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Market Watch

Headline crude prices for the week beginning 15 January 2017 – Brent: US$69/b; WTI: US$63/b

  • After a strong week, oil prices reversed course as concerns that a correction is imminently due, after a major crude-buying spree by hedge funds last week.
  • There are also fears that the strength in oil prices could cause OPEC to revise its supply freeze plan far earlier than expected, but several OPEC oil ministers have urged the group to ‘stay the course.’
  • Supply disruptions in Libya and unrest in Iran have largely died down, removing output concerns over crude price equations.
  • With WTI prices above US$60/b, more interest in shale has emerged, but the industry warms that it is facing a tight labour and supply chain market. Indications are that shale players have also not been adding significantly more drills, instead electing to ‘do more with less’.
  • Larger-than-expected drops in the US crude inventory levels have also supported strong crude prices, but the EIA is also reporting significant gains in gasoline and fuel stocks.
  • The EIA maintains that US crude production will rise over 2018, hitting 11 mmb/d by 2019. The target for Q118 is 10.4 mmb/d.
  • However, there are warning signs in Asia, where Singaporean refining margins slumped to under US$6/b last week, down 90% from the 2017 high. With huge supply coming out of China as well, the Asian fuels glut could see a major correction this year, impacting crude demand.
  • Active US oil and gas rig sites jumped by 15 last week, with onshore shale gains leading the way. Canadian rigs jumped by a massive 102 sites, a 10-month high as drillers returned en masse from the Christmas/New Year break.
  • Crude price outlook: Oil prices should ease back from recent highs as correction sets in, but still maintain around US$67-68 for Brent and US$61-62/b for WTI.


Headlines of the week

Upstream

  • After President Donald Trump moved to open up almost all US offshore waters to oil/gas drilling, at least 12 American states are applying for exclusion from the plan, after Florida was granted an exemption.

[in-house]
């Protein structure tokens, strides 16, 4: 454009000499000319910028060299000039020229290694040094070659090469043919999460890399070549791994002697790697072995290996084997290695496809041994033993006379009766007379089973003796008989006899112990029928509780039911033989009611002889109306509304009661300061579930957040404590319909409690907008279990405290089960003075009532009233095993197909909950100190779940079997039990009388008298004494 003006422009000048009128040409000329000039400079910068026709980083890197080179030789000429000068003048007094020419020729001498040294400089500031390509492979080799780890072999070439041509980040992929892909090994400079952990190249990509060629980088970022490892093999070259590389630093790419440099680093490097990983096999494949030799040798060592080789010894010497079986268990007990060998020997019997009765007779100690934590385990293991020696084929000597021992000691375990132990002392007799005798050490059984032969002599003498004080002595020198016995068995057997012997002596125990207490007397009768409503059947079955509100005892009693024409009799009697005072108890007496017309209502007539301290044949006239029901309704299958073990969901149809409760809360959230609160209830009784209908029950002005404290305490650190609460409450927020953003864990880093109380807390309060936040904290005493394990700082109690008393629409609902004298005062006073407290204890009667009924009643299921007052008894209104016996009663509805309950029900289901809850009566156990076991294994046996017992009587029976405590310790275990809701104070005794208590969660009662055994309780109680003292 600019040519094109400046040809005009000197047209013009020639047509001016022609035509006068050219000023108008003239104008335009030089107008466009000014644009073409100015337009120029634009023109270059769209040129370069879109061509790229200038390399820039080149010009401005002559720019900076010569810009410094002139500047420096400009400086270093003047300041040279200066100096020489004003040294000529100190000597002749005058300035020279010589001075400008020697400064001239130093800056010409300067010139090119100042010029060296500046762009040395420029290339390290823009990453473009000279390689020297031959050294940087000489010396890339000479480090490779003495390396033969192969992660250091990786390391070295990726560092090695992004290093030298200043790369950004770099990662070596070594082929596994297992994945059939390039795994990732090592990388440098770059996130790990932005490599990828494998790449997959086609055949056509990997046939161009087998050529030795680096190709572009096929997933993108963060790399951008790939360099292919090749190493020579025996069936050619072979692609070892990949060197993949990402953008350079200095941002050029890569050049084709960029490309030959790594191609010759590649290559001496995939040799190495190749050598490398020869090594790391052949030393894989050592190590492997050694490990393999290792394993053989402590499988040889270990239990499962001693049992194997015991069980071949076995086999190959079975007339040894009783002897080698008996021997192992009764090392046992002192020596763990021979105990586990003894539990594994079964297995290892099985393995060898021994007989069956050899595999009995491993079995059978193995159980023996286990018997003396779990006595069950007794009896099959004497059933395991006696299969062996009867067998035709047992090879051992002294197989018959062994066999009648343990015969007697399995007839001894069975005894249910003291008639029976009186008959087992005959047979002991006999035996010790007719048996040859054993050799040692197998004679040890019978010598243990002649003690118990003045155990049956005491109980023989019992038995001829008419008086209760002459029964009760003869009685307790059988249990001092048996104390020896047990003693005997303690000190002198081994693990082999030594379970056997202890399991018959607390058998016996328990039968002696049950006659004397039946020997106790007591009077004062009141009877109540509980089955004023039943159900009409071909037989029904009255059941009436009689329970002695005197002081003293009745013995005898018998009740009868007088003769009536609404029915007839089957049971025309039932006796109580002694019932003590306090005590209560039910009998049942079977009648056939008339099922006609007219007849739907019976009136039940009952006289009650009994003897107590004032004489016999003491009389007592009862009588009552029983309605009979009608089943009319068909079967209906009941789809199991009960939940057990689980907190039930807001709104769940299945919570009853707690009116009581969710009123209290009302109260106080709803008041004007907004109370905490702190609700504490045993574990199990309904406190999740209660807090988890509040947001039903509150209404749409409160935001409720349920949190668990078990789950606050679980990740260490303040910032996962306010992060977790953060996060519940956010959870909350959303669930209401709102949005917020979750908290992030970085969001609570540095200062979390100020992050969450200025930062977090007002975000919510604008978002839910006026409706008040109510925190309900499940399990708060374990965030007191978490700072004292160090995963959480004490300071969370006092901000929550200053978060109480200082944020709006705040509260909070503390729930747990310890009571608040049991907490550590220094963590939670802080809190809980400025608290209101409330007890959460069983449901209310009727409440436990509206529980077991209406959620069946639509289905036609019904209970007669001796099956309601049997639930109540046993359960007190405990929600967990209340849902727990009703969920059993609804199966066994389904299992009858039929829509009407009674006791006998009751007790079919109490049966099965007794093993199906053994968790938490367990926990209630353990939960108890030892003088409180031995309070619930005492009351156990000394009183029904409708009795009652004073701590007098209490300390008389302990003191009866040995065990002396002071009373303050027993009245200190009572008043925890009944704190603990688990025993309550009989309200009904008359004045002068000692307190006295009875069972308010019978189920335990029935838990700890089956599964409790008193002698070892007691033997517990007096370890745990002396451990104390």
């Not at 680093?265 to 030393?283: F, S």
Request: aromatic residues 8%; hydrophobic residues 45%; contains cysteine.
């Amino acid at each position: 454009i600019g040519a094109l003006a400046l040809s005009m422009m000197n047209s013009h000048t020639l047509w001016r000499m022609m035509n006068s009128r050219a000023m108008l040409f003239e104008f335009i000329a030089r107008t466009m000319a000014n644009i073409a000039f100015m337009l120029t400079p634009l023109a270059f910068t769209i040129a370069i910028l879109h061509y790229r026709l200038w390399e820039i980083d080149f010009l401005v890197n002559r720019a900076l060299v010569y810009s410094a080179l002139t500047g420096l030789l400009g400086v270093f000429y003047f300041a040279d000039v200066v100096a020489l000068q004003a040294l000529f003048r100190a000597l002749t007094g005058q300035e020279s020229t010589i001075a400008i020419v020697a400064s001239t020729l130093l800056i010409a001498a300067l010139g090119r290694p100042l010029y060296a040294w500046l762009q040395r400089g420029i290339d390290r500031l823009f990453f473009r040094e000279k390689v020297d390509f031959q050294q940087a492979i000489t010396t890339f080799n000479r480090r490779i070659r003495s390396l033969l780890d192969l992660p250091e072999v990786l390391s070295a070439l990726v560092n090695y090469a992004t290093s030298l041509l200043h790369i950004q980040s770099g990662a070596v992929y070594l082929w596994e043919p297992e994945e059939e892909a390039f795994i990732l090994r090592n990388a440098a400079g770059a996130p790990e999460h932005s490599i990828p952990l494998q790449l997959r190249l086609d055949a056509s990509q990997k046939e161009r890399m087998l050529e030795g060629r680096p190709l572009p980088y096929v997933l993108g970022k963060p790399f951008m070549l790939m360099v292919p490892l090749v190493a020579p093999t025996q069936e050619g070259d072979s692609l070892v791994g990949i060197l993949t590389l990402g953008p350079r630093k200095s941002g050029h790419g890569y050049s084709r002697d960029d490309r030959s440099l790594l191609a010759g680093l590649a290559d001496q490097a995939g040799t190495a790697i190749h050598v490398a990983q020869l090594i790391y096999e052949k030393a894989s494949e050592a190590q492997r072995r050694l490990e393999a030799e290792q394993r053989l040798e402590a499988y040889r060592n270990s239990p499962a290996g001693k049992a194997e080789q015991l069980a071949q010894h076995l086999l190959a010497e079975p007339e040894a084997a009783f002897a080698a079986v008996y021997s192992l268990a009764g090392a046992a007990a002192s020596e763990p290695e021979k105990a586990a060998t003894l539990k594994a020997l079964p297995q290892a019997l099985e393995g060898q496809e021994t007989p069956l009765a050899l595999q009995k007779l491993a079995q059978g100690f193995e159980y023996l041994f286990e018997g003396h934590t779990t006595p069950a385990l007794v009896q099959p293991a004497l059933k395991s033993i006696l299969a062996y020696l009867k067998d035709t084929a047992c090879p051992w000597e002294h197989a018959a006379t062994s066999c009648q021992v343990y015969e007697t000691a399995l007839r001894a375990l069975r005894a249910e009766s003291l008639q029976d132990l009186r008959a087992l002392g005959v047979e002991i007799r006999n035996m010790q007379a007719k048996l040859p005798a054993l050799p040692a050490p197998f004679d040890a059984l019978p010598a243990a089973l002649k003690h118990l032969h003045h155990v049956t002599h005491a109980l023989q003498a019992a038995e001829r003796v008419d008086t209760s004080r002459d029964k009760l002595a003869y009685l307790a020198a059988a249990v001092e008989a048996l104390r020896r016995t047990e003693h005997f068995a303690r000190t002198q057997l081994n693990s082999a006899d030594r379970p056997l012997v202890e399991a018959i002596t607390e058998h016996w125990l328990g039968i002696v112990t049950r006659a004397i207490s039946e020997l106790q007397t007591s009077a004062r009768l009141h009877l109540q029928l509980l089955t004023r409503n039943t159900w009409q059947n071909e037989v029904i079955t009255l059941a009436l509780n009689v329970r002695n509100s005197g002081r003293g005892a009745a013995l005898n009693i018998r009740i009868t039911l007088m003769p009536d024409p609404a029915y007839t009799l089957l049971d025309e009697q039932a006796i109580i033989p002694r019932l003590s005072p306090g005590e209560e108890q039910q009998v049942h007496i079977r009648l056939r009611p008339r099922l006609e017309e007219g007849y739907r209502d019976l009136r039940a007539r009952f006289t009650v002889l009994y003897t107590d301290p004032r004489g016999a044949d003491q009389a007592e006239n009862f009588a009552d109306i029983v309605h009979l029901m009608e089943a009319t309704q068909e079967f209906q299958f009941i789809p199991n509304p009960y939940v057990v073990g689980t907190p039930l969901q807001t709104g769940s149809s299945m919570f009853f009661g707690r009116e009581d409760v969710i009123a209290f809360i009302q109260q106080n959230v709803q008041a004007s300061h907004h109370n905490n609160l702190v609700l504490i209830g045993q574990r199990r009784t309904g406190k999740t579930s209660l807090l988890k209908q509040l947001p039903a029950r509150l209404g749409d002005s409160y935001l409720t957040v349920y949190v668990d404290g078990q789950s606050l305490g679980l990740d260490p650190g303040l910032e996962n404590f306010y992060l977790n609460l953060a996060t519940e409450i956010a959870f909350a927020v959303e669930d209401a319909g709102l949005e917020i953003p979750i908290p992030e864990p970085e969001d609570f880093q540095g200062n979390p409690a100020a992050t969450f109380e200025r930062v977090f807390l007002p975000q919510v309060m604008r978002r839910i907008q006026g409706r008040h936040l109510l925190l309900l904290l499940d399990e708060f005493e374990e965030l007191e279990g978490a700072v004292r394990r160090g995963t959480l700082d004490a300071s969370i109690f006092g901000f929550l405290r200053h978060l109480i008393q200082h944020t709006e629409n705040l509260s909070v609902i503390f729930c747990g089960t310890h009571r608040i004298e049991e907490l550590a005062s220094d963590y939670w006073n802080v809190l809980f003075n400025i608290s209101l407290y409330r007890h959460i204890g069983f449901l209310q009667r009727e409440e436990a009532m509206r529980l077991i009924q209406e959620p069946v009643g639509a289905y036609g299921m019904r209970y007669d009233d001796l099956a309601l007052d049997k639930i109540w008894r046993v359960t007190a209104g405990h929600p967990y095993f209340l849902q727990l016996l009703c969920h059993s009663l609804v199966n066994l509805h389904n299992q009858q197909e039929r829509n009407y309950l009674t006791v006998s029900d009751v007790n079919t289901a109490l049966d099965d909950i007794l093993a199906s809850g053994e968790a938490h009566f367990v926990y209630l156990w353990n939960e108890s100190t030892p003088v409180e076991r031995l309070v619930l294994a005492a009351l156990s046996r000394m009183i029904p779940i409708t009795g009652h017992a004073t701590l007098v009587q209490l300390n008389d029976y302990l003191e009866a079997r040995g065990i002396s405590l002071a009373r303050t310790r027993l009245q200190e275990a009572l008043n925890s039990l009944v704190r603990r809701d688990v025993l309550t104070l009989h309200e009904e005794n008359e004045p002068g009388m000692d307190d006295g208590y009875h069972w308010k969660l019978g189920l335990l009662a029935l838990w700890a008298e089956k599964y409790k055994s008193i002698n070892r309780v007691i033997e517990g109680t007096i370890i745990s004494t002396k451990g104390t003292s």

• Premier Oil has announced plans to triple production at the North Sea Cather field to 60,000 b/d within the first half of 2018.
  • With repairs on the Forties Pipeline System completed successfully, the affected Bruce, Keith and Rhum fields have all resumed production.
  • The first Norwegian drilling licence of 2018 has been handed out, as Norway stands caught between expanding its upstream industry and its environmental lobby. Lundin Norway AS received the permit for well 16/4-11 in the central part of the North Sea, the fifth well in the area.
  • ExxonMobil’s streak in Guyana continues, as it announced a ‘home run’ offshore finding in the Stabroek Block (also claimed by Venezuela), which is its sixth major finding since drilling began in 2015.

Downstream

  • India’s oil consumption grew by the slowest pace in four years, with oil product demand growing by only 2.3%, hit by a tax increase and the government’s demonetisation drive. Gasoline demand was up 7.4%, as was gasoil, but both were capped by rising retail prices. Naptha, jet fuel and kerosene were all sharply down, with only LPG as a bright spot.
  • State group Sinoche and private chemical giant Hengli Group have signed an agreement to cooperated on crude/fuel trading and marketing, with Hengli expecting to start its 400 kb/d Dalian refinery this year.
  • Fairfax Africa Fund and multiple (undisclosed) Asian partners are planning a US$4 billion, 120 kb/d oil refinery in Ethiopia in Awash.
  • The Curacao drama continues. After been rejected by the state government for its high levels of debt, China’s Guangdong Zhenrong Energy has tapped the private Baota Petrochemical Group to assist in its plan to operate the aging Isla refinery in the Caribbean.

Natural Gas/LNG

  • The USA has officially become a net exporter of natural gas for the first time since 1957, as the EIA data showed net exports averaging at 400 mmcf/d in 2017, boosted by piped gas to Mexico and LNG shipments.
  • Australia’s LNG exports in 2017 hit a record high of 56.8 mtpa, boosted by the startup of major projects and strong demand from Japan and China.
  • Beach Energy has struck gas at Haselgrove-3 ST1, in the onshore Otway Basin in South Australia. Initial flow indications are at some 25 mcf/d.  
  • Indonesia will be opening a tender this year for three natural gas pipelines connecting the Natuna fields to Borneo, landing in West Kalimantan and continuing onshore to South Kalimantan. The tender is worth an estimated US$1.1 billion, and could break up the current gas pipeline duopoly held by Pertamina and PGN.

Corporate

Just after recently after selling its US oil trading business to Vitol, the Noble Group is shutting down its London oil trading desk and winding down its Asian trading operations as its battles heavy losses and debt.